Ruth S. McCleskey (’00)
Ruth S. McCleskey (’00) is a co-founder of Boiling Point Players, a Houston theater company dedicated to producing female-driven work, and is one half of the improv troupe Ophelia’s Rope. She also works as a web developer at the University of Houston Law Center. Boiling Point Players’ next production will be an all-female rendition of William Shakespeare’s “A Midsummer Night’s Dream” — details can be found at boilingpointplayers.com.
LUNAR COUGAR: What sparked your interest in studying theater and becoming a director?
RUTH S. MCCLESKEY: I always loved books and playing make believe as other people. During high school, I tried a bunch of different art choices and found I loved breaking down scripts and performing in front of people. By my senior year, I was hooked.
When did you co-found Boiling Point Players, and what was the inspiration for the company?
The Spring of 2014. My improv partner, Autumn Clack, and I had been producing our own improv shows for about a year. We are both actresses and were lamenting the fact that we never got cast in the same shows in town. We were always competing for that lone female part in our age range. Then the thought struck, why can’t we make our own opportunities and pick plays (or seek new works) that feature women? We had another actress (Melanie Martin) join us and we pooled our resources to produce two shows to run in rep: “In Juliet’s Garden” and “Secrets of a Soccer Mom.” We enjoyed the experience so much that we decided to continue into a second season adding cabarets where we could put a call out for new works that were female-driven.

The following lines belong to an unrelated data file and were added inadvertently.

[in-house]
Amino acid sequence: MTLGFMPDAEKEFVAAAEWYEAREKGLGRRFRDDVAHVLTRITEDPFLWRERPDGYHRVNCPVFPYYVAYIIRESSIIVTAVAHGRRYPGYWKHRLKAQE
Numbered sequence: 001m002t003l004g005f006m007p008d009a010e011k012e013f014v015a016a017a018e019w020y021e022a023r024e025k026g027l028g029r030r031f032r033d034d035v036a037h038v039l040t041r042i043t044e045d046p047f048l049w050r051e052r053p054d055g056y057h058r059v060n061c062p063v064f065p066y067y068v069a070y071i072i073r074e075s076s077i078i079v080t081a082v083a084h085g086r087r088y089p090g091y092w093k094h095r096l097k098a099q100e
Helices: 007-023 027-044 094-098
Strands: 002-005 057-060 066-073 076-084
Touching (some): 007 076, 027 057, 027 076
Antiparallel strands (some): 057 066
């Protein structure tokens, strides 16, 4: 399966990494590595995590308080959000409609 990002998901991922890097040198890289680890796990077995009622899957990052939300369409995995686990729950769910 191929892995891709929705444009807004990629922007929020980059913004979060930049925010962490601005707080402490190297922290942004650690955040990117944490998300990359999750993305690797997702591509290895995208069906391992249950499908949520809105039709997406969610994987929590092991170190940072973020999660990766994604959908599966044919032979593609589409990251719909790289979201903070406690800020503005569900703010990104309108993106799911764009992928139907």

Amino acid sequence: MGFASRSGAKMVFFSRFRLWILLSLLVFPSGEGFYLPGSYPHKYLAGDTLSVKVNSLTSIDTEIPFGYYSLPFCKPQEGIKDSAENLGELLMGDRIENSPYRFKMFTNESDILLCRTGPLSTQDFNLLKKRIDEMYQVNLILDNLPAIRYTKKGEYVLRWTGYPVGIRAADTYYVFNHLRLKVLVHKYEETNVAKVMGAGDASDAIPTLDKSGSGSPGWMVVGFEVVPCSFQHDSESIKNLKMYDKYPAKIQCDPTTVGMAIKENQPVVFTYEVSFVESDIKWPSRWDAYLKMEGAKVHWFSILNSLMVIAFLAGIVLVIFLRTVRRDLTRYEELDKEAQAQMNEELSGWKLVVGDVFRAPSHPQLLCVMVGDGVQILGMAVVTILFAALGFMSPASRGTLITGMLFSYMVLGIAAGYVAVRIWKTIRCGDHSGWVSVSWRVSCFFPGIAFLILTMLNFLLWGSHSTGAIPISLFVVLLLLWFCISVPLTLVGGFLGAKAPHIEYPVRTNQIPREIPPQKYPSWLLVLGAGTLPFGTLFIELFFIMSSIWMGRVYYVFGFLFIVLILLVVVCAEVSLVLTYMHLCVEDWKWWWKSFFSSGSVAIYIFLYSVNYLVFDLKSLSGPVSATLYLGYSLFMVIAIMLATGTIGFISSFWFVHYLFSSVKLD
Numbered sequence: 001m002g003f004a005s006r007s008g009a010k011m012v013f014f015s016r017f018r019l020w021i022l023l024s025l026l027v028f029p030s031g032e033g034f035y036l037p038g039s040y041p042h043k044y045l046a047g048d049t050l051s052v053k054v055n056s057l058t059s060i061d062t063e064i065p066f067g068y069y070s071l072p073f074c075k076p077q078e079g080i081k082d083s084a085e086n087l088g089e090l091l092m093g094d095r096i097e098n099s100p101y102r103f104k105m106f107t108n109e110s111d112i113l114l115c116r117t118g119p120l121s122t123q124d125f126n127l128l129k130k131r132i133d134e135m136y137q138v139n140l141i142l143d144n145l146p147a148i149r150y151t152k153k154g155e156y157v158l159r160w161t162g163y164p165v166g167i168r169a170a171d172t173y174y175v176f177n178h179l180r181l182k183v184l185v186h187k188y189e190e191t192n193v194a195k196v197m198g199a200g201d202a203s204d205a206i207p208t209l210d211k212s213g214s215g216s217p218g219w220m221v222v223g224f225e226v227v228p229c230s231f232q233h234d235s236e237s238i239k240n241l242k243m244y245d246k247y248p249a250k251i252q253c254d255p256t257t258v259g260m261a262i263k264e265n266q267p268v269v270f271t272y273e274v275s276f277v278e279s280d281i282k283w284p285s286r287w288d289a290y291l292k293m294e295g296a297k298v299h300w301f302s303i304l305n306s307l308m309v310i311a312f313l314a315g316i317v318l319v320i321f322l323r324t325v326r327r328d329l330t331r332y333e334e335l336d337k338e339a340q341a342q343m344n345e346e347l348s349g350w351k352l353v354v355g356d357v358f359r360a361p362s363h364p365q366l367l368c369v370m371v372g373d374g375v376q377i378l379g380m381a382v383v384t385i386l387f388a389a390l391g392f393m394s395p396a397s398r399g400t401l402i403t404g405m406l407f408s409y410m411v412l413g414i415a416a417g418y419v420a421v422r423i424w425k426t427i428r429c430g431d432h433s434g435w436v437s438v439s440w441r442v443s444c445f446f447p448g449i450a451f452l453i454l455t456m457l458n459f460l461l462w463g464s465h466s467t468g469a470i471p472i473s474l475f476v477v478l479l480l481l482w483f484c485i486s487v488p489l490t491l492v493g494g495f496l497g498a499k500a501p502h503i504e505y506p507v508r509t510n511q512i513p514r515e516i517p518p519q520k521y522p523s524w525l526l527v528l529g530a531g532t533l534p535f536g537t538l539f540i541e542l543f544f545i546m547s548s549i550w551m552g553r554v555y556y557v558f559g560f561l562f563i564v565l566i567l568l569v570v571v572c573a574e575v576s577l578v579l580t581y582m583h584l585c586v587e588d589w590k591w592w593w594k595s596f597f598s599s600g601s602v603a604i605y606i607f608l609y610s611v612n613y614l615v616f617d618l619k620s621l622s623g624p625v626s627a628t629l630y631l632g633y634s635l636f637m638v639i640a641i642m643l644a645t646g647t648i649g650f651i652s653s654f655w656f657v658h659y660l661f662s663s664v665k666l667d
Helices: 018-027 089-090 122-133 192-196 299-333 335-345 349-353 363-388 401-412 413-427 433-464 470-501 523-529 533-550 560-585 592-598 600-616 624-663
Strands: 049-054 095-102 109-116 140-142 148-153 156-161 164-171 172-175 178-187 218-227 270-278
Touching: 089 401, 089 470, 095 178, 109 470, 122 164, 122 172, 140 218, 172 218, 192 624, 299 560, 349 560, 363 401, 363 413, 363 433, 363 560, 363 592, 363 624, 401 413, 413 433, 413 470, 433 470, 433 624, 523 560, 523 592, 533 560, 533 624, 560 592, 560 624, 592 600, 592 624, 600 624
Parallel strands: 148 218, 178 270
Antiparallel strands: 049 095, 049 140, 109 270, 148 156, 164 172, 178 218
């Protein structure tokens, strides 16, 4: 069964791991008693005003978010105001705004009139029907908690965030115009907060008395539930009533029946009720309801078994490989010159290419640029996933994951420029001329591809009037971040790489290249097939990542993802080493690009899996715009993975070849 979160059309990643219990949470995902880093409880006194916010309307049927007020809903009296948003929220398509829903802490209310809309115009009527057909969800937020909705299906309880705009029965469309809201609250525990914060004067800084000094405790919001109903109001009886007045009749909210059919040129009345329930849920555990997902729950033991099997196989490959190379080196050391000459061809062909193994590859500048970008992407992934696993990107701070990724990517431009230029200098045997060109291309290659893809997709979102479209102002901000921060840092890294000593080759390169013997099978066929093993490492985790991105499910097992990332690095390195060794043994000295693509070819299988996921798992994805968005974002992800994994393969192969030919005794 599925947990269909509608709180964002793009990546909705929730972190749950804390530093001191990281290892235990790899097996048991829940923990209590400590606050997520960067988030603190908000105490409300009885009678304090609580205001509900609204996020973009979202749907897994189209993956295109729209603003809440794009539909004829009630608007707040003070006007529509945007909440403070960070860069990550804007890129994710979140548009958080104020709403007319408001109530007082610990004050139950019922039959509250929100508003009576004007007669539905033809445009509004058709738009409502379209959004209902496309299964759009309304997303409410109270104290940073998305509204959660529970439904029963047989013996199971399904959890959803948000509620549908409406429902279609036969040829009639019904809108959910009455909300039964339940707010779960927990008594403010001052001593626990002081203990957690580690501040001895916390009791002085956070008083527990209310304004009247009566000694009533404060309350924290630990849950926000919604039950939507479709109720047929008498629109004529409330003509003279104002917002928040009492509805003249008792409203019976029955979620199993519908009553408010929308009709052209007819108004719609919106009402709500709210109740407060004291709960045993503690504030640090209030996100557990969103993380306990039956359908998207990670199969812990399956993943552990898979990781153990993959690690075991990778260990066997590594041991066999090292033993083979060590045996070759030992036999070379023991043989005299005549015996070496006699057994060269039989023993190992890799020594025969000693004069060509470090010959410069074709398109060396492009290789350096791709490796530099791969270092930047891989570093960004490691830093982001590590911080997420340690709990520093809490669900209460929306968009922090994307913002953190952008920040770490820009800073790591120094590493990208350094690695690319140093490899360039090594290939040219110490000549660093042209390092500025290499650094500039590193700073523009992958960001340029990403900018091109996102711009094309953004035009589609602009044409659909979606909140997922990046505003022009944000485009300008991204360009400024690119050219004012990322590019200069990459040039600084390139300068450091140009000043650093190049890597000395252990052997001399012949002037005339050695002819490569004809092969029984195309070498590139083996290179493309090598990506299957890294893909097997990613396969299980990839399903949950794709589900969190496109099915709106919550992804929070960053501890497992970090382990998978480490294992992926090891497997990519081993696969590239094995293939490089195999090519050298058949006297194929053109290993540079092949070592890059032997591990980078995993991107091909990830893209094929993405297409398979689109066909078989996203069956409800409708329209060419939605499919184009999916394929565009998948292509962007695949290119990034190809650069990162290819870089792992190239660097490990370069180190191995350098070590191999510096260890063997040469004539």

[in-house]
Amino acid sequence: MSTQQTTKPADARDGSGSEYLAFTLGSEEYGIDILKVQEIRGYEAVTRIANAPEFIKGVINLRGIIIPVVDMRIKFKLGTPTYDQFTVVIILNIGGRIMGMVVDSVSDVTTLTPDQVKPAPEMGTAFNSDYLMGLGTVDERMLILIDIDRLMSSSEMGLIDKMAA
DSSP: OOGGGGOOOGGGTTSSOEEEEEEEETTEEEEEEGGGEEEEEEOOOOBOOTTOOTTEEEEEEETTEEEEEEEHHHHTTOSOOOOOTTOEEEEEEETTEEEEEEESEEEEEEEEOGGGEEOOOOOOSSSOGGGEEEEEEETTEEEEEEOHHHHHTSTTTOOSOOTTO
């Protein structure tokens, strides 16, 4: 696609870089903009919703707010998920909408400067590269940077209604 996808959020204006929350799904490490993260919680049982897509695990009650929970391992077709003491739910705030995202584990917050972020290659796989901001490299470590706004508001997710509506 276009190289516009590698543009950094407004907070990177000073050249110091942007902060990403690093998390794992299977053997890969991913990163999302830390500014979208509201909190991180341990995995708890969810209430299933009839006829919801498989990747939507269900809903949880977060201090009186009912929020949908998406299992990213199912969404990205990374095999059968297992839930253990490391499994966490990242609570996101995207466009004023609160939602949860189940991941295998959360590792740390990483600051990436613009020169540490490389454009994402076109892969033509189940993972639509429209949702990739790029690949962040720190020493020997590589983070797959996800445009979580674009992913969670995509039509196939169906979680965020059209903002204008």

Boiling Point Players’ production of “In Juliet’s Garden.” Front L-R: Autumn Clack, Katy Burns, Ruth S McCleskey. Back: Regina Ohashi, Renata Smith. Photo by Philip Weimer.
Do you have a favorite play that you have been a part of producing? Why is it your favorite?
“In Juliet’s Garden” by Judith Elliot McDonald is my favorite for acting, because I played Desdemona’s spirit. Juliet Capulet invites four other heroines of Shakespeare’s classics (Katharina, Portia, Ophelia and Desdemona) to lunch in her favorite garden in Verona to discuss issues’ they all have with their plots. I loved the idea of exploring what Desdemona means as a female icon. She is bucket list character for so many actresses due to her complex nature and iconic status. In this play, we discover how she feels about her relationship with Othello and her part defining female history.
For directing, “True Story” by Allison Williams, because it is a collection of beautiful intertwined monologues that incorporated all the wonderful artistic nuances. Initially the play was performed as a one-woman show but when we contacted the playwright, she reworked some of the transitions so that it would work for an ensemble. It was very exciting for us to have the playwright support and help with our artistic endeavor.
How did you get interested in web development/programming, and how does the skillset intersect with your theater training?